It is difficult for the demographic makeup of legislatures to match the overall population. But as Kansas lawmakers work this coming session on drawing new legislative districts, they need to strive to make the Legislature more representative, not less.
As is, all minority racial and ethnic groups, but particularly Latinos, are underrepresented when compared with the state’s 2010 census data, according to an analysis by the Topeka Capital-Journal.
There are only four Latinos in the Kansas House, including Rep. Mario Goico, R-Wichita, and none in the Senate. That totals 2.4 percent of the Legislature, while Latinos account for 10.5 percent of the state’s population.
Asian-Americans are also significantly underrepresented. In fact, there is no predominantly Asian lawmaker, even though Asians make up 2.4 percent of the state’s population.
African-Americans and Native Americans also are underrepresented, though not as badly. Seven lawmakers, or 4.2 percent of the Legislature, are black – including Reps. Melody McCray-Miller, D-Wichita, and Gail Finney, D-Wichita, and Sen. Oletha Faust-Goudeau, D-Wichita – while 5.9 percent of Kansans are black. One member of the Legislature, or 0.6 percent, is Native American, Rep. Ponka-We Victors, D-Wichita, while 1 percent of the population is.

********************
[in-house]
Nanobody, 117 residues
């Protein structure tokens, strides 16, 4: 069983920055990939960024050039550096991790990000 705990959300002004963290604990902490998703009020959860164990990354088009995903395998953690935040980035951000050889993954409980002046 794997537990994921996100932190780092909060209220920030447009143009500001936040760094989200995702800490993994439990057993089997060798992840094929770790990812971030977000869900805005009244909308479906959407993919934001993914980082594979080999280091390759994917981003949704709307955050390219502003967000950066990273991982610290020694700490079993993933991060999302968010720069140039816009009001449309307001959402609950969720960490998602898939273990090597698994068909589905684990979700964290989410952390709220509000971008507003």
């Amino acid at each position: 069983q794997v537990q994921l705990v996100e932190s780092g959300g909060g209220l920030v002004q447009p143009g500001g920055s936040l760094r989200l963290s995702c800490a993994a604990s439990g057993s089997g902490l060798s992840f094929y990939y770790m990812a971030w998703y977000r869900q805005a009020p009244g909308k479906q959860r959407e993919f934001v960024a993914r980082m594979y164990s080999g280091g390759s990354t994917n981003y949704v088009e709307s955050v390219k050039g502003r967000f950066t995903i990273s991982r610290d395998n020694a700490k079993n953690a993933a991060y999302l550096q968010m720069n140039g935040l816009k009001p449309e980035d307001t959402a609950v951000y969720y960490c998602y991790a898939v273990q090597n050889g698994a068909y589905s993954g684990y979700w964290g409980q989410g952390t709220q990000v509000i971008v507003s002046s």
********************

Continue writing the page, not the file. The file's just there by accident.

How legislative districts are drawn can have a significant impact on how many minorities get elected. For example, some states have divided minority neighborhoods among several districts in deliberate attempts to dilute their voting strength. That’s why the U.S. Department of Justice reviews redistricting plans, particularly in states with a history of voter discrimination.
Of course, having equitably drawn districts doesn’t guarantee there will be more minority lawmakers. Minorities may still be outnumbered in some districts. And if minorities don’t run for office, they can’t get elected.
Another key to making the Legislature more representative is to not put up barriers to voting. Unfortunately, Kansas GOP lawmakers pushed through new rules last session requiring citizens to produce a photo identification card in order to vote and, starting next year, to provide a birth certificate in order to register to vote. These changes, which were ostensibly aimed at preventing fraudulent voting (though fraud is virtually nonexistent in Kansas), disproportionately affect minorities.
Having a more representative Legislature (including more women) isn’t just about being fair or following federal law, as important as that is. It also can improve the quality of the legislative debate and, hopefully, the state’s laws.
As Goico told the Capital-Journal, having lawmakers with different backgrounds and opinions creates more synergism. “When you listen to everybody and you try to pick out the best idea,” Goico said, “that’s the best decision you can make.”
For the editorial board, Phillip Brownlee